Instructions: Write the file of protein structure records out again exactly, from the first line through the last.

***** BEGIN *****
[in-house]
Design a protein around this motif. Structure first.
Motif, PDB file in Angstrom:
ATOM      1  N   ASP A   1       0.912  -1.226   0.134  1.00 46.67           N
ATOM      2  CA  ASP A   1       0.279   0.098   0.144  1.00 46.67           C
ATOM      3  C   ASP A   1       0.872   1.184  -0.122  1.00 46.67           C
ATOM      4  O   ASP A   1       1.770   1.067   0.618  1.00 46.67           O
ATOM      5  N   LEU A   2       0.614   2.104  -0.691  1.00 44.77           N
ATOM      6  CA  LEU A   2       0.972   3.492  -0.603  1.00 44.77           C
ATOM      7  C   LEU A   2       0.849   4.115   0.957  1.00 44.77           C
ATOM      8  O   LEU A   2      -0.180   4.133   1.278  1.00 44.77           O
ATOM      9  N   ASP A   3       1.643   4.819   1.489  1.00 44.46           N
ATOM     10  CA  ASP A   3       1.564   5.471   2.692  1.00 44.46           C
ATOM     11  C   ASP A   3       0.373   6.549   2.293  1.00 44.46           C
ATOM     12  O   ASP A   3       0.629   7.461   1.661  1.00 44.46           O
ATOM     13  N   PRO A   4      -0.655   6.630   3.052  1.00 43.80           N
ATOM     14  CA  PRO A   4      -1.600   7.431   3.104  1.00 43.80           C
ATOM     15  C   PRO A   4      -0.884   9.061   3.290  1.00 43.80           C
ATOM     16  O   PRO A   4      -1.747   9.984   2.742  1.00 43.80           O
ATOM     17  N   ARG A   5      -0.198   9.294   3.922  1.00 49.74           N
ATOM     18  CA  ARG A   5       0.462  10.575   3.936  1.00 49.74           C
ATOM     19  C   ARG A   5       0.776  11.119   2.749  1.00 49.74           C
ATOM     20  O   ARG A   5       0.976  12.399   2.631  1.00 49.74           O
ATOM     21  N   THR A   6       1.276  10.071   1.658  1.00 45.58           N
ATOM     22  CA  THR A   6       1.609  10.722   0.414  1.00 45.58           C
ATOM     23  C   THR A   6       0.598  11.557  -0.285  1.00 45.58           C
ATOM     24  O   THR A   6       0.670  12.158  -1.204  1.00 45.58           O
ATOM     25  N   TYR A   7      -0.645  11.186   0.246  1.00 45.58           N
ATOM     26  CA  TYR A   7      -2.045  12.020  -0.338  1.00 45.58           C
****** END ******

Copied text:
[in-house]
Design a protein around this motif. Structure first.
Motif, PDB file in Angstrom:
ATOM      1  N   ASP A   1       0.912  -1.226   0.134  1.00 46.67           N
ATOM      2  CA  ASP A   1       0.279   0.098   0.144  1.00 46.67           C
ATOM      3  C   ASP A   1       0.872   1.184  -0.122  1.00 46.67           C
ATOM      4  O   ASP A   1       1.770   1.067   0.618  1.00 46.67           O
ATOM      5  N   LEU A   2       0.614   2.104  -0.691  1.00 44.77           N
ATOM      6  CA  LEU A   2       0.972   3.492  -0.603  1.00 44.77           C
ATOM      7  C   LEU A   2       0.849   4.115   0.957  1.00 44.77           C
ATOM      8  O   LEU A   2      -0.180   4.133   1.278  1.00 44.77           O
ATOM      9  N   ASP A   3       1.643   4.819   1.489  1.00 44.46           N
ATOM     10  CA  ASP A   3       1.564   5.471   2.692  1.00 44.46           C
ATOM     11  C   ASP A   3       0.373   6.549   2.293  1.00 44.46           C
ATOM     12  O   ASP A   3       0.629   7.461   1.661  1.00 44.46           O
ATOM     13  N   PRO A   4      -0.655   6.630   3.052  1.00 43.80           N
ATOM     14  CA  PRO A   4      -1.600   7.431   3.104  1.00 43.80           C
ATOM     15  C   PRO A   4      -0.884   9.061   3.290  1.00 43.80           C
ATOM     16  O   PRO A   4      -1.747   9.984   2.742  1.00 43.80           O
ATOM     17  N   ARG A   5      -0.198   9.294   3.922  1.00 49.74           N
ATOM     18  CA  ARG A   5       0.462  10.575   3.936  1.00 49.74           C
ATOM     19  C   ARG A   5       0.776  11.119   2.749  1.00 49.74           C
ATOM     20  O   ARG A   5       0.976  12.399   2.631  1.00 49.74           O
ATOM     21  N   THR A   6       1.276  10.071   1.658  1.00 45.58           N
ATOM     22  CA  THR A   6       1.609  10.722   0.414  1.00 45.58           C
ATOM     23  C   THR A   6       0.598  11.557  -0.285  1.00 45.58           C
ATOM     24  O   THR A   6       0.670  12.158  -1.204  1.00 45.58           O
ATOM     25  N   TYR A   7      -0.645  11.186   0.246  1.00 45.58           N
ATOM     26  CA  TYR A   7      -2.045  12.020  -0.338  1.00 45.58           C